We examined 97 criminal defendants who were consecutively referred to a court-appointed psychologist. Based on an interview and any available records, a psychologist rated the severity of each defendant's mental disorder (if any) as well as the likelihood that he or she was malingering psychiatric symptoms. Eleven (11.3%) of the defendants were judged to be likely or very likely malingering. Following the clinical evaluation, each defendant completed two screening tests of malingering. As expected, the suspected malingerers failed more items on a forced-choice vocabulary test and endorsed more implausible symptoms of schizophrenia than presumed honest defendants. Also as hypothesized, an index that combined the scores of both measures distinguished subject groups more accurately than either test alone. The optimal cutoff score for this Malingering Index yielded a positive predictive value of 88% and a negative predictive value of 96%.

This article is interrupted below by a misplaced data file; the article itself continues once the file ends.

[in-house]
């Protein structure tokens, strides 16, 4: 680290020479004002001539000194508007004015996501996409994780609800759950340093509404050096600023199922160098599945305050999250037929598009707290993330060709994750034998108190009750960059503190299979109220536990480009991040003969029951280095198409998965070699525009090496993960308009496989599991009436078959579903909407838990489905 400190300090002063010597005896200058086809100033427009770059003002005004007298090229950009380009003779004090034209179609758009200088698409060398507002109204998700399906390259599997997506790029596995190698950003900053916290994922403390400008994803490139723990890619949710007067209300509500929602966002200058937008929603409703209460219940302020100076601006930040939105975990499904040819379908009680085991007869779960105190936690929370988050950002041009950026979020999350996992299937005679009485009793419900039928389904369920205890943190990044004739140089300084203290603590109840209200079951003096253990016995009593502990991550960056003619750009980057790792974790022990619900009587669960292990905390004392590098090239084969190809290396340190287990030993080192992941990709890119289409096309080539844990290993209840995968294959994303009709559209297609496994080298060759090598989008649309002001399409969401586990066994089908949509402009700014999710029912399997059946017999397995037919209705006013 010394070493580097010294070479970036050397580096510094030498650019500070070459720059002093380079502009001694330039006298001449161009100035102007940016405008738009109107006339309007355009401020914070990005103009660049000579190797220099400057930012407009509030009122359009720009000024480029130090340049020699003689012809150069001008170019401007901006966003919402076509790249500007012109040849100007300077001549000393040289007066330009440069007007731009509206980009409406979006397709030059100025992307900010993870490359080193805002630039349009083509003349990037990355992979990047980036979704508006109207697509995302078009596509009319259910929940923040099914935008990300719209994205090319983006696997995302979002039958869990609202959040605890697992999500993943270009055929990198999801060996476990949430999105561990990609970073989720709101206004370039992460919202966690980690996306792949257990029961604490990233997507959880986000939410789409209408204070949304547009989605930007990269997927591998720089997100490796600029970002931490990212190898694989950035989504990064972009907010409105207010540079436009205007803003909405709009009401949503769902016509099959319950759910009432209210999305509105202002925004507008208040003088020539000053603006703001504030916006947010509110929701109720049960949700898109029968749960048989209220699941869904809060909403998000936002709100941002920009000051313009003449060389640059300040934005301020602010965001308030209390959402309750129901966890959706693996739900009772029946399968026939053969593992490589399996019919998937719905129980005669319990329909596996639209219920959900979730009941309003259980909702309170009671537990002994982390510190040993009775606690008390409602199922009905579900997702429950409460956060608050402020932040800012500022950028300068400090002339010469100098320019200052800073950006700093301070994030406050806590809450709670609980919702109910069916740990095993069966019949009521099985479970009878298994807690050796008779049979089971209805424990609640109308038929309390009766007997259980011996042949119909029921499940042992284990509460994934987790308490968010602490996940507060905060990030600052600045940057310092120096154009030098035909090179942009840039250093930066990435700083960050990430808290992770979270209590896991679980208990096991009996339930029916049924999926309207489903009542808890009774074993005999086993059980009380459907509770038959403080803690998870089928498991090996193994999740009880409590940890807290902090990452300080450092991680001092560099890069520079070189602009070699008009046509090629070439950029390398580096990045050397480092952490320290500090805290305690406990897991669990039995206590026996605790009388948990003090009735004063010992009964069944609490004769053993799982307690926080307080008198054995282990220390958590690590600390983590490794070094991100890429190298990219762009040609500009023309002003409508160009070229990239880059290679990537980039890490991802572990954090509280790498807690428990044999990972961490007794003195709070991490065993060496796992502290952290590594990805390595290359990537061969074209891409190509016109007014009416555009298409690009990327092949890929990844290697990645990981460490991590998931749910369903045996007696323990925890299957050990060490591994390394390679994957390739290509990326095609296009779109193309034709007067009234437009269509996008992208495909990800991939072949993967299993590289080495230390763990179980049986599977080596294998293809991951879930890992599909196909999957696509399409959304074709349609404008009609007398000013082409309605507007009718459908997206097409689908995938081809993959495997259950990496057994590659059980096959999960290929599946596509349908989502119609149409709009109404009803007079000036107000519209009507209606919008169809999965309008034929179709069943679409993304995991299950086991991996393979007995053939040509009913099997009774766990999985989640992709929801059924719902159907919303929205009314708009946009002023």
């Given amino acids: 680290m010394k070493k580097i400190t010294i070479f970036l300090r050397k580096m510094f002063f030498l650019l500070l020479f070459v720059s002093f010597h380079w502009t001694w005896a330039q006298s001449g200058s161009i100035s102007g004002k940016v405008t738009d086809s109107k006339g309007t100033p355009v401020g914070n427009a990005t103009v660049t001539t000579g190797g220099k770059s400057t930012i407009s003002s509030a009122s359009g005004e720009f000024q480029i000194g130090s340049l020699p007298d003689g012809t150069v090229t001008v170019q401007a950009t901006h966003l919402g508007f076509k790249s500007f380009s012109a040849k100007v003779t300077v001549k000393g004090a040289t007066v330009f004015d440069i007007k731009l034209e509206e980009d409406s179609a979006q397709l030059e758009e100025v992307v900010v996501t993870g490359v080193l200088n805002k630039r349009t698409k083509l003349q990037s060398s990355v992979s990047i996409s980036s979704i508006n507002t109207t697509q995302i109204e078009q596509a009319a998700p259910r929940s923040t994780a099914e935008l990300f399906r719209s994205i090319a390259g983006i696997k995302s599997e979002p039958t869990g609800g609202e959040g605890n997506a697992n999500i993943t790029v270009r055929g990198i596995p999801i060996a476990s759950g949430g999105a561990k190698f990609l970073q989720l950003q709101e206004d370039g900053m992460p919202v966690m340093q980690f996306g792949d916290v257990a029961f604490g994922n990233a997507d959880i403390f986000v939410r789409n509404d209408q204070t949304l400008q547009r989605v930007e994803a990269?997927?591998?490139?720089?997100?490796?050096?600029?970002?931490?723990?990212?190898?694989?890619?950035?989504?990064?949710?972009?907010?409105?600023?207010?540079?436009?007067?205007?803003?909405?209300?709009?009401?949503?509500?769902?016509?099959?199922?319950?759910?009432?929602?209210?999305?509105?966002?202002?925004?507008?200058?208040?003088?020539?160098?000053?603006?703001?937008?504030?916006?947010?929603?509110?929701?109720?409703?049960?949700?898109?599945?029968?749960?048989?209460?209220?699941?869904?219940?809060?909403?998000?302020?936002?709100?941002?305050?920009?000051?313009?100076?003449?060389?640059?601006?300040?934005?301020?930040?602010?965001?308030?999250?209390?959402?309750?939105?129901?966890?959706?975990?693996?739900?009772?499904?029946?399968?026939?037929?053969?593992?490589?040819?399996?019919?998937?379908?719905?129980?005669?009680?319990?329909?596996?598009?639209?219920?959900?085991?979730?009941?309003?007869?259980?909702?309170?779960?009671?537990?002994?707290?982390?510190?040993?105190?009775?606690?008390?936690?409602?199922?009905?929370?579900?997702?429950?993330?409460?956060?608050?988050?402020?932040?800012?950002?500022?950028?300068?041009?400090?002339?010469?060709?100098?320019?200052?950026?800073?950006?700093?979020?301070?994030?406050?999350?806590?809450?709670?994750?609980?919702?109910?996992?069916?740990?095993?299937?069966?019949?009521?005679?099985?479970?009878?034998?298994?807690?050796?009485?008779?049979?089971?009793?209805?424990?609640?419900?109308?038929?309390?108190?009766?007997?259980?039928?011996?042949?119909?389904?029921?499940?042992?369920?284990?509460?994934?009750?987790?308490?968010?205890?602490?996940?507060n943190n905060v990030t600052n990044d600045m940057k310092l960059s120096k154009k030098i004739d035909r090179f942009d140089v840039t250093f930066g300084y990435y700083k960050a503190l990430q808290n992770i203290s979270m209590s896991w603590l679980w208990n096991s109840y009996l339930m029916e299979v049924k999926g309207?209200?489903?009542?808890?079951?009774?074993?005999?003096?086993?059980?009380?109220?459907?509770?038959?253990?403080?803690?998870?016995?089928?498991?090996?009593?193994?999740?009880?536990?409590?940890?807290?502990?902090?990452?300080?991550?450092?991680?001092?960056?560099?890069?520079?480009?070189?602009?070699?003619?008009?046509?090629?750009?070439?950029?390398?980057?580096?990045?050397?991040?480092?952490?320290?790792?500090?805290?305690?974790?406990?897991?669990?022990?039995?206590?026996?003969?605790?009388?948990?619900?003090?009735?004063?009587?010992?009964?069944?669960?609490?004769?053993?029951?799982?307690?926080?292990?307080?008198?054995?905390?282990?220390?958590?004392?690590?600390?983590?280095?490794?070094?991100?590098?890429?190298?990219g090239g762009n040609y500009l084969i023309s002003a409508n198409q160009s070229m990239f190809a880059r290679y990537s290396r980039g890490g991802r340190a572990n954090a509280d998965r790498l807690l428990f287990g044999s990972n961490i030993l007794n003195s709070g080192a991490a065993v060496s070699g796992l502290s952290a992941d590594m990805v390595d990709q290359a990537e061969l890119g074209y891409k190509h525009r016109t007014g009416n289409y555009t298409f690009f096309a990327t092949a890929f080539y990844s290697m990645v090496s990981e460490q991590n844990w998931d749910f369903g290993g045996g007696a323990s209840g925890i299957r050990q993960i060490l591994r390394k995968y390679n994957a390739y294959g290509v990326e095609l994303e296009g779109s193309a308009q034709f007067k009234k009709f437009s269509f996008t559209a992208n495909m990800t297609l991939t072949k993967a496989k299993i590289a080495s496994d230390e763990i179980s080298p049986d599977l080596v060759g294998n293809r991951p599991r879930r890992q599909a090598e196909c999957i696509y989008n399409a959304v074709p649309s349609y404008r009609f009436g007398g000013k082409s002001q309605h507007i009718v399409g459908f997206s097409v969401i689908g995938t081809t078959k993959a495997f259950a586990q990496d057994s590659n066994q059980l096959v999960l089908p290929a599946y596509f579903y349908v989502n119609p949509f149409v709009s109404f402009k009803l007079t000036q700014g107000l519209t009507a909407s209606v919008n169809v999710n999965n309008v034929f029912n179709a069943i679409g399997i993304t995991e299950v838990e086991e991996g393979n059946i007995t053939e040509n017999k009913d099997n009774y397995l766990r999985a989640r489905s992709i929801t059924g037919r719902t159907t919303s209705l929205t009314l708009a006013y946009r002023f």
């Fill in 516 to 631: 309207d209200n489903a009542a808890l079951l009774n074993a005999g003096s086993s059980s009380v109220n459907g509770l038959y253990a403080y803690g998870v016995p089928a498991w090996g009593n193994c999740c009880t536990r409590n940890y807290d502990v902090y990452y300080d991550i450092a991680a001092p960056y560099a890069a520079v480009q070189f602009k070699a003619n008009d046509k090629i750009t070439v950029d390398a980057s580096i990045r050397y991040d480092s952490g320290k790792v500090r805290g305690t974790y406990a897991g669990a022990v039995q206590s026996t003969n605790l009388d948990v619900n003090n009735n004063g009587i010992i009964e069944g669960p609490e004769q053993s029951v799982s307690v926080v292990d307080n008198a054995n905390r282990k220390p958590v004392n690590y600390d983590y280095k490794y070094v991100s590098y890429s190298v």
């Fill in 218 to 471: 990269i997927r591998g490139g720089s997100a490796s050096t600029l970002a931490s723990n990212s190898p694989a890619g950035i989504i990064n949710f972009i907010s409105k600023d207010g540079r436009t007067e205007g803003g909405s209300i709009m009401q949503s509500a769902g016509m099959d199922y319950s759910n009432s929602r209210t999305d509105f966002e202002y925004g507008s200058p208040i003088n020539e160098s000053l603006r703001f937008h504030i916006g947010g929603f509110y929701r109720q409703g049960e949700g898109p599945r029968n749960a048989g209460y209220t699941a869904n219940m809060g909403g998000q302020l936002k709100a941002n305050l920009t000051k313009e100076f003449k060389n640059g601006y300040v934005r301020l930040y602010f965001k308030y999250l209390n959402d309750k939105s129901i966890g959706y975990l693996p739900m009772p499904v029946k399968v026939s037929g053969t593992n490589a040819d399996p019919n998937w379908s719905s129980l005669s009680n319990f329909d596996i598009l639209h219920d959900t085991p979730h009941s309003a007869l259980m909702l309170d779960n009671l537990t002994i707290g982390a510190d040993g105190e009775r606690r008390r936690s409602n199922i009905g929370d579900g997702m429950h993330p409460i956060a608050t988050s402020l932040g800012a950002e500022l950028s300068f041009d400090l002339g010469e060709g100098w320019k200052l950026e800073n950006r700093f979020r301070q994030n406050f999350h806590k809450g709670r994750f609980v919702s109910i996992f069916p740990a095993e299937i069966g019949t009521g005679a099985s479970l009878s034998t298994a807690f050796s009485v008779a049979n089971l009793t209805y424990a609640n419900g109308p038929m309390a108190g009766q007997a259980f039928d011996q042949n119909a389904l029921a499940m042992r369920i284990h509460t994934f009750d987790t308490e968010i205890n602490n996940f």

|Original language||English (US)|
|Number of pages||12|
|Journal||American Journal of Forensic Psychology|
|State||Published - Mar 2 2000|
ASJC Scopus subject areas
- Pathology and Forensic Medicine
- Applied Psychology